Buying a home

When do you need to insure your new home?

19 December 2019

You’ve done the hard work and you’re finally ready to buy your new home. Often, building insurance is a requirement of lenders (it’s a very good idea to have, regardless). But the question of when you need to have your building insurance sorted has proved to be a murky one. Is it by settlement? Or when you sign the contract?

The answer can depend on the state or territory where you live. It also depends on your contract. There can be a lack of specific legislation in certain states, so the information we’ve put together here is based on commonly used standard contracts. But, at the end of the day, whatever the buyer and seller agree upon and sign their names to is usually the ultimate decider.

When to take out home insurance


You’ll need to talk to your solicitor or agent about when you become responsible for a home. But in Queensland the buyer generally becomes responsible from 5pm the next business day after both parties have signed the contract.

Therefore, if there’s damage to the property after 5pm the next business, the buyer is responsible for covering that damage.  

Find out more from the Queensland Government.

Explore Home and Contents Insurance options

New South Wales and Victoria

Unlike Queensland, in Victoria and New South Wales the buyer becomes responsible for any damage on the settlement date. Technically, the property is the responsibility of the seller up until settlement date, but it’s recommended that buyers get insurance from the time the seller signs the contract, just to be on the safe side.

While it’s not legally required, your mortgage lender may expect you to take out insurance before settlement.

Of course, the property needs to be handed over in the same condition as when it was sold (except for normal wear and tear). If you find that the condition of the property has changed since settlement, you can ask for a repair. That’s what pre-settlement inspections are for! It’s important to go through your contract and check everything is in the right condition. Don’t feel pressured to sign settlement documents without consulting your solicitor or conveyancer first.

Found out more about Victorian and New South Wales insurance rules.

Video: 7 Home and Contents Insurance tips

Tasmania, Australian Capital Territory and South Australia

The responsibility usually lies on the buyer, as opposed to the seller, during the settlement period in South Australia, Tasmania, and the Australian Capital Territory.

In these states (and territory) the buyer becomes responsible for any damage to the property on the exchange of contracts. So as the purchaser, it’s especially important to get your building insurance sorted before the contract date.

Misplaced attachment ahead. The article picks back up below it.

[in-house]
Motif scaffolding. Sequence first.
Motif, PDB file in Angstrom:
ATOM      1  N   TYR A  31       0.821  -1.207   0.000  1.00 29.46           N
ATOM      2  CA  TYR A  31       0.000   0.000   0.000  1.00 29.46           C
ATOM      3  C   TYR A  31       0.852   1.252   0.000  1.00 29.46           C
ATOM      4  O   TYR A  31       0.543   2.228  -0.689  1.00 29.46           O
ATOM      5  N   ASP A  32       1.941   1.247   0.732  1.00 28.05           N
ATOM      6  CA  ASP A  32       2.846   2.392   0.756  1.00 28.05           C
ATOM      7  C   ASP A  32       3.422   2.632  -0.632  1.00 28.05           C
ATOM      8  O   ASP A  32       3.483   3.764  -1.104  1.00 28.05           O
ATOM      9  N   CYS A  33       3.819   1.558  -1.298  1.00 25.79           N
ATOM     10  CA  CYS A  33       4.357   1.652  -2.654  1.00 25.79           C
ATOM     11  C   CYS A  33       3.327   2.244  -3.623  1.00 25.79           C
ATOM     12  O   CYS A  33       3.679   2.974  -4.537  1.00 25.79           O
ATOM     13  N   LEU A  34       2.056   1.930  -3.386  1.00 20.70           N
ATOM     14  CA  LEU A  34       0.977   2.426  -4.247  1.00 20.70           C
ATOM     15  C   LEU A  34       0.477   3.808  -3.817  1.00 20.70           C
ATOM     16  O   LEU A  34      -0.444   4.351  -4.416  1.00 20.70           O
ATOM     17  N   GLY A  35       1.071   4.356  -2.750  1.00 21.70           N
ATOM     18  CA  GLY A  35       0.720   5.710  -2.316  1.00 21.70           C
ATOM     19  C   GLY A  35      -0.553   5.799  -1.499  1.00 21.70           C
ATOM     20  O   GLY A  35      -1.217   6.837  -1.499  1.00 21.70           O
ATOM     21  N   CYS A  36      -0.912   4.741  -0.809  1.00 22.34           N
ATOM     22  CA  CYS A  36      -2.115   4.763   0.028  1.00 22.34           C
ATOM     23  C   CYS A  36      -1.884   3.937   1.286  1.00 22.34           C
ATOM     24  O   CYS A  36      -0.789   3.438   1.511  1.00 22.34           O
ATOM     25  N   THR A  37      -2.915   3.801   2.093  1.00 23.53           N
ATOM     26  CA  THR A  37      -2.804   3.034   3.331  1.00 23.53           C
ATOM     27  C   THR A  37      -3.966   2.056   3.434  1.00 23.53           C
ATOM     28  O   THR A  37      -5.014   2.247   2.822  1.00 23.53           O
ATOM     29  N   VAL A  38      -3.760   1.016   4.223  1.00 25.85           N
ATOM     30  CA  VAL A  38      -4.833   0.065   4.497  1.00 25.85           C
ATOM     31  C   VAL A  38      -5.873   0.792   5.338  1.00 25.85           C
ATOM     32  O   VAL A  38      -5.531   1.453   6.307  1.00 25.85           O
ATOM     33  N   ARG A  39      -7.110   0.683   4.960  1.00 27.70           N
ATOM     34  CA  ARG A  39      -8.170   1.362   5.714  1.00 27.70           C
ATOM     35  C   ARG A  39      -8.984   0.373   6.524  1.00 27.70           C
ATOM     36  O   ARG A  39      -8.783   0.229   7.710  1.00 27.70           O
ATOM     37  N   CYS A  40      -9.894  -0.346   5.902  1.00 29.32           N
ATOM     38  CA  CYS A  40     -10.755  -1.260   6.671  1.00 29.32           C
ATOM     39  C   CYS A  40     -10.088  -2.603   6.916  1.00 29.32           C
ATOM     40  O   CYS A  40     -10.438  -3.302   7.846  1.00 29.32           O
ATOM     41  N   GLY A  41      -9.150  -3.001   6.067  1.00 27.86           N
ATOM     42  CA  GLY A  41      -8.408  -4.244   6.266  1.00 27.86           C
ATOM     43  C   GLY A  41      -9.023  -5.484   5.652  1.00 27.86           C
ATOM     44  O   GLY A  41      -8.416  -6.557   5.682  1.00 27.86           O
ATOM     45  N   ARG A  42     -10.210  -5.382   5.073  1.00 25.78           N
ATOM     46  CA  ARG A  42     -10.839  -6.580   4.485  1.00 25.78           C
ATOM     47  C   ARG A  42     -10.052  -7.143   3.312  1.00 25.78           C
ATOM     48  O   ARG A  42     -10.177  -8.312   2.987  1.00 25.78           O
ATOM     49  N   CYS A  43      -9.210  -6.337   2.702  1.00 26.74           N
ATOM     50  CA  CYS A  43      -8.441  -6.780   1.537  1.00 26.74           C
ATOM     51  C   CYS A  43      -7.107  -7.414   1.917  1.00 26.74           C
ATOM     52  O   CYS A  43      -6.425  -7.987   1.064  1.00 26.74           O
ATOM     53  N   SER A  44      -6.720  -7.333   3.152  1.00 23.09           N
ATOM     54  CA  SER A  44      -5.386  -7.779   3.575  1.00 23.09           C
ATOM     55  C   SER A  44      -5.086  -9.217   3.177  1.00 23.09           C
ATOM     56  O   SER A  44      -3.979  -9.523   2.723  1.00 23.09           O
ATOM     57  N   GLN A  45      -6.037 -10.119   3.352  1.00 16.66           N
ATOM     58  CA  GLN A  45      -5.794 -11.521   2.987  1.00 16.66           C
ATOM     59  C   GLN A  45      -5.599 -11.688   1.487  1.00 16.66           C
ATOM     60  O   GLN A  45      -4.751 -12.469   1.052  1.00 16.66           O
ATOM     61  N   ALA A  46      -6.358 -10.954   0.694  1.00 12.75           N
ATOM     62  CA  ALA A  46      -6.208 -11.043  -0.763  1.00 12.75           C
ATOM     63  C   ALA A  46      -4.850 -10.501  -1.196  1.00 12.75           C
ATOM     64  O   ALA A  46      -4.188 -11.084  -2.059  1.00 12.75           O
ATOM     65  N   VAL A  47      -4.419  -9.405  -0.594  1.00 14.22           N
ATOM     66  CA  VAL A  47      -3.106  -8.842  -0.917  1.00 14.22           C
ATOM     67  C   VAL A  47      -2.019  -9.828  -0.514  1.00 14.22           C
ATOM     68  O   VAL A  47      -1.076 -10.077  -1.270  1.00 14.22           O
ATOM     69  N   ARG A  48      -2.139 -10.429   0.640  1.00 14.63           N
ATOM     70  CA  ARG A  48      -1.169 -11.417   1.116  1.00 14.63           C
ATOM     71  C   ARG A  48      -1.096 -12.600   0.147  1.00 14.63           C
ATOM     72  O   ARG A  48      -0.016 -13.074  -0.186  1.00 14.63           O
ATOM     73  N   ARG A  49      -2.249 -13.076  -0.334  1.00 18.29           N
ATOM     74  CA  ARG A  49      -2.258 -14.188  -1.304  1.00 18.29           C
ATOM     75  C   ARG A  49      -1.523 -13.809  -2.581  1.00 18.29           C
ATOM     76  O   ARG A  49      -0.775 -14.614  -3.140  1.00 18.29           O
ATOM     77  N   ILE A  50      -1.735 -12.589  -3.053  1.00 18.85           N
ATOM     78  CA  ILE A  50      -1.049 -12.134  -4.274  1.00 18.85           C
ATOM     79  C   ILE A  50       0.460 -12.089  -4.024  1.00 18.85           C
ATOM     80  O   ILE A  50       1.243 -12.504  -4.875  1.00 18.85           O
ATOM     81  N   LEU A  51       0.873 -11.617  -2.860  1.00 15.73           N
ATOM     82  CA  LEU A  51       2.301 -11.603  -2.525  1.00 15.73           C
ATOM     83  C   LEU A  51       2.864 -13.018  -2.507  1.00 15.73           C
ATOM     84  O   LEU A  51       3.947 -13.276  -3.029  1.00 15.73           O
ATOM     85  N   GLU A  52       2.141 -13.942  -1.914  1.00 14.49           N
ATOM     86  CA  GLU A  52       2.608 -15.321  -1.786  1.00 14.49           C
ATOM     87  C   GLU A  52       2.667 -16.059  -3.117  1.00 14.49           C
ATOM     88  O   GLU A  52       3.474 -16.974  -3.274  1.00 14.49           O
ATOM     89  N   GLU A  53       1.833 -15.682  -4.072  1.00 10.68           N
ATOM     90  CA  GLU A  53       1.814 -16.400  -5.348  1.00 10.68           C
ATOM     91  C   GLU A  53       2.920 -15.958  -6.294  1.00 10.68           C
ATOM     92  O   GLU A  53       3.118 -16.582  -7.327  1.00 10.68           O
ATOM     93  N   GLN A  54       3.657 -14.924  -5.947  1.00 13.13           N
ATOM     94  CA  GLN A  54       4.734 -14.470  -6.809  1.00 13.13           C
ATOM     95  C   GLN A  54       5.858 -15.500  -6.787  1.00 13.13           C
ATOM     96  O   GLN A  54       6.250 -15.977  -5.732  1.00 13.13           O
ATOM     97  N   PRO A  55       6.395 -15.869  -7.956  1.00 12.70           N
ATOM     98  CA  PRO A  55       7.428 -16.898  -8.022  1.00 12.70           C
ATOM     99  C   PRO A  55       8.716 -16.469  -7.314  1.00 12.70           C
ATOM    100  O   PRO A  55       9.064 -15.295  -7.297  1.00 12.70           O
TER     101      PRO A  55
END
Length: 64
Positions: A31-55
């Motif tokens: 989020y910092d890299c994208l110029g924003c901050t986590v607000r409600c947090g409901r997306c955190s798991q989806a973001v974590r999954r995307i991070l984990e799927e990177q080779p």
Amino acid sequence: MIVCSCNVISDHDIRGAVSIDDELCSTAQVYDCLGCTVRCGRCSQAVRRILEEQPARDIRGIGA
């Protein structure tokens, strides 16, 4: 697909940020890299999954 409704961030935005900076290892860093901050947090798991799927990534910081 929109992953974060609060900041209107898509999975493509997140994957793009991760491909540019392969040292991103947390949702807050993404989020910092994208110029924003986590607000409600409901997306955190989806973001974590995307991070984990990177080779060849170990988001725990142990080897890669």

Western Australia and Northern Territory

In the Northern Territory and Western Australia, the buyer becomes responsible for the property on either the date the buyer is entitled to or given possession of the property or the date the whole of the purchase price is paid (the earlier of the two).

Organising insurance probably isn’t the most exciting part of buying a home. Imagining where your furniture will go, deciding who gets what room, and turning a house into a home are a little more exciting.

But getting in early and organising your insurance could help prevent any of your home-owning dreams from coming crashing down.

Whether or not you buy insurance when you are legally required to or earlier is essentially about how much risk you’re willing to take. In the grand scheme of things, the cost of a few extra weeks of home and contents insurance might be worth it for your peace of mind. Just remember to make sure you know what your policy does and doesn’t cover.

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Insurance is issued by AAI Limited ABN 48 005 297 807 trading as Suncorp Insurance. Consider the Product Disclosure Statement. The Target Market Determination (TMD) is also available. This advice has been prepared without taking into account your particular objectives, financial situations or needs, so you should consider whether it is appropriate for you before acting on it.

The information is intended to be of general nature only. Subject to any rights you may have under any law, we do not accept any legal responsibility for any loss or damage, including loss of business or profits or any other indirect loss, incurred as a result of reliance upon the information. Please make your own enquiries.